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Commerce, Science and Technology Minister, Phillip Paulwell, has said that some 10 per cent of the island’s energy needs could come from renewable sources by the year 2010.
The Minister, who was addressing the launch of the publication ‘Renewable Energies Potential in Jamaica’ this morning (Dec.16) at the Hilton Kingston hotel, said that the government was firmly committed to more extensive use of renewable energy and has been developing mechanisms toward this goal.
He however pointed out that to date, Jamaica’s exploitation of renewable sources of energy had lagged behind its full potential, hindered by market barriers such as the lack of appropriately prepared bankable projects; financing; limited human capacity; and the general lack of awareness about the technologies and benefits of renewable energy.
“As recommended by the United Nations Economic Commission on Latin America and the Caribbean (ECLAC) study to attract foreign investment, we need a one-stop agency as a central contact point,” Minister Paulwell said, adding that financial and fiscal incentives were also necessary.
“If we are to seriously develop our renewable energy potential, we must ensure that any potential barriers are addressed in a speedy manner and that investors, local or foreign, are encouraged to build their projects as quickly as possible,” he added.
According to Minister Paulwell, Jamaica must build on its significant natural advantages. He noted that the country was already gaining ground through initiatives such as the Wigton wind farm and other projects now underway.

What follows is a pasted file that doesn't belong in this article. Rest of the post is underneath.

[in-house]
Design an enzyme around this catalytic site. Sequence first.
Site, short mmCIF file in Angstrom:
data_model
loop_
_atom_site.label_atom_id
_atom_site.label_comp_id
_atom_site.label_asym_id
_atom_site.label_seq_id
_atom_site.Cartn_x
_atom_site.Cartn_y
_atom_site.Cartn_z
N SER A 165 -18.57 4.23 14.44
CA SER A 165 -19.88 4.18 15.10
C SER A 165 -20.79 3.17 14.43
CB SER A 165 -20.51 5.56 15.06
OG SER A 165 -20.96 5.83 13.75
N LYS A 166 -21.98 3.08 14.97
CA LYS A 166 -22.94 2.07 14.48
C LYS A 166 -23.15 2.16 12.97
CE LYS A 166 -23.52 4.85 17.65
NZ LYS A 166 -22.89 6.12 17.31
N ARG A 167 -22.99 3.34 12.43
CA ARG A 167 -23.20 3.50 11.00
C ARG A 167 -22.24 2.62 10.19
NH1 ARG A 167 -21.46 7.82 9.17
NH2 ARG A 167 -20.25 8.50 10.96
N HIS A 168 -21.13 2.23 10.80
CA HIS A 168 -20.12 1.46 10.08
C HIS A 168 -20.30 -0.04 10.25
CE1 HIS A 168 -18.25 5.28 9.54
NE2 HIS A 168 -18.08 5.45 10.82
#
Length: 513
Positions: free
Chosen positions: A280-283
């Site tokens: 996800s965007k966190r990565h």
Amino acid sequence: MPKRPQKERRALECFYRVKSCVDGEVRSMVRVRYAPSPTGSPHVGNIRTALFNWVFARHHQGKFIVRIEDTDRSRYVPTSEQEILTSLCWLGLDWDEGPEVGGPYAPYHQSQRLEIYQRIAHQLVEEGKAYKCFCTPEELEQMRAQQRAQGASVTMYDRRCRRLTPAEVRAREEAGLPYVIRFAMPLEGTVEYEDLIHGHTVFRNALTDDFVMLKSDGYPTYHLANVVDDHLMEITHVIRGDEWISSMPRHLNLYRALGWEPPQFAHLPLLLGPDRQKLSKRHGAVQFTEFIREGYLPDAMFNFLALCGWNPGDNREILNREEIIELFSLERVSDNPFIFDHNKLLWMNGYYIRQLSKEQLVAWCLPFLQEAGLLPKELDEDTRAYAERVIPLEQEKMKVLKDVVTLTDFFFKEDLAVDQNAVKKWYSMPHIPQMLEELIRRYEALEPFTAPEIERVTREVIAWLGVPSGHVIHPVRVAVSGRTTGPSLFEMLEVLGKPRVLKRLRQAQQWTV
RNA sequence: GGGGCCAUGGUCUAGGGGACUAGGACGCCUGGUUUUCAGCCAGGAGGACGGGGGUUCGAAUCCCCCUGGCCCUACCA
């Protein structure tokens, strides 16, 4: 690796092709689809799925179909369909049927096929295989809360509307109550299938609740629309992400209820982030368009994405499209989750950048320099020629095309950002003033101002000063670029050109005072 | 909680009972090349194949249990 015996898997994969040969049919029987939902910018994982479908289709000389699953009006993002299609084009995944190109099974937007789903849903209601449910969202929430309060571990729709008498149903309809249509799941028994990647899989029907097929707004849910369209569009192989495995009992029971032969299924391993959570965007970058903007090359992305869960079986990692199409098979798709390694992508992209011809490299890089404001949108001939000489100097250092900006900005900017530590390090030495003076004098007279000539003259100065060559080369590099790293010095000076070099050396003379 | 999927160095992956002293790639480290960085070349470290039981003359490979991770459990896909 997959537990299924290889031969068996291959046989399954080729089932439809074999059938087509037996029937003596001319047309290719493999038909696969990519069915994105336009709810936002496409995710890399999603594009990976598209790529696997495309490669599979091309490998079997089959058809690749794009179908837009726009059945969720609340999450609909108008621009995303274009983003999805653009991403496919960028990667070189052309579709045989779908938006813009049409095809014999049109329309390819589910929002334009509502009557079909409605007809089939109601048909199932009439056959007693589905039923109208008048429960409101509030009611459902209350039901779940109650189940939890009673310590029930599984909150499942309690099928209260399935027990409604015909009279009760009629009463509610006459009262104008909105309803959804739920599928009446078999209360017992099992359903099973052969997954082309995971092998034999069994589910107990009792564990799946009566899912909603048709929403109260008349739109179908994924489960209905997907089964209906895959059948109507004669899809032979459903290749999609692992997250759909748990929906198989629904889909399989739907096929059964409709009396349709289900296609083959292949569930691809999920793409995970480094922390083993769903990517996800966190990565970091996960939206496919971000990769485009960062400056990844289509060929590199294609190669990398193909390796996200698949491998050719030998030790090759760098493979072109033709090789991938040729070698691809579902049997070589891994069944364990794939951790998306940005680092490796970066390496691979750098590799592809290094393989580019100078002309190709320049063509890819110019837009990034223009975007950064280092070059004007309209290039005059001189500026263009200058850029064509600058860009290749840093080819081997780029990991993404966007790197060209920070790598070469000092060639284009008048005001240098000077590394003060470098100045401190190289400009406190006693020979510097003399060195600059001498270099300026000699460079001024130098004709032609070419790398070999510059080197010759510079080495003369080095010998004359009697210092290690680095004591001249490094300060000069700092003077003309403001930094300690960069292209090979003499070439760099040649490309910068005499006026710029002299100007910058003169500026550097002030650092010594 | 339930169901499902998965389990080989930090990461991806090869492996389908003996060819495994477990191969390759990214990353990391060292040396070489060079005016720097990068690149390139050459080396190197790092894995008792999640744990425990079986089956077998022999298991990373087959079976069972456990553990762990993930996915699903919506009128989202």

Noting that government was looking at the production of ethanol from sugar cane, he mentioned that the state-owned refinery, Petrojam had partnered with the Brazilian firm Coimex, to rebuild a 40-million gallon ethanol plant, construction of which was expected to begin in March 2006. “Ultimately, we want to increase the ethanol content of gasoline from the existing 5 per cent to 10 per cent,” the Minister said.
In addition, Coimex was negotiating for potential sites for a new 60-million gallon facility and the company is also looking at the establishment of a small hydro power plant at Laughlands in St. Ann. This project, now at an advanced stage, would be the first of its kind in Jamaica.
Going forward, Minister Paulwell said, “we want to encourage greater investment in new and renewable energies. We need also to look at the legal and regulatory framework to make this possible and to build the capacity in Jamaica to implement the project”.
By focusing on renewable energy, he noted, “we have everything to gain and nothing to lose as the cost of fossil fuels will continue to climb, whereas the wind, the sun, and the water are by definition free”.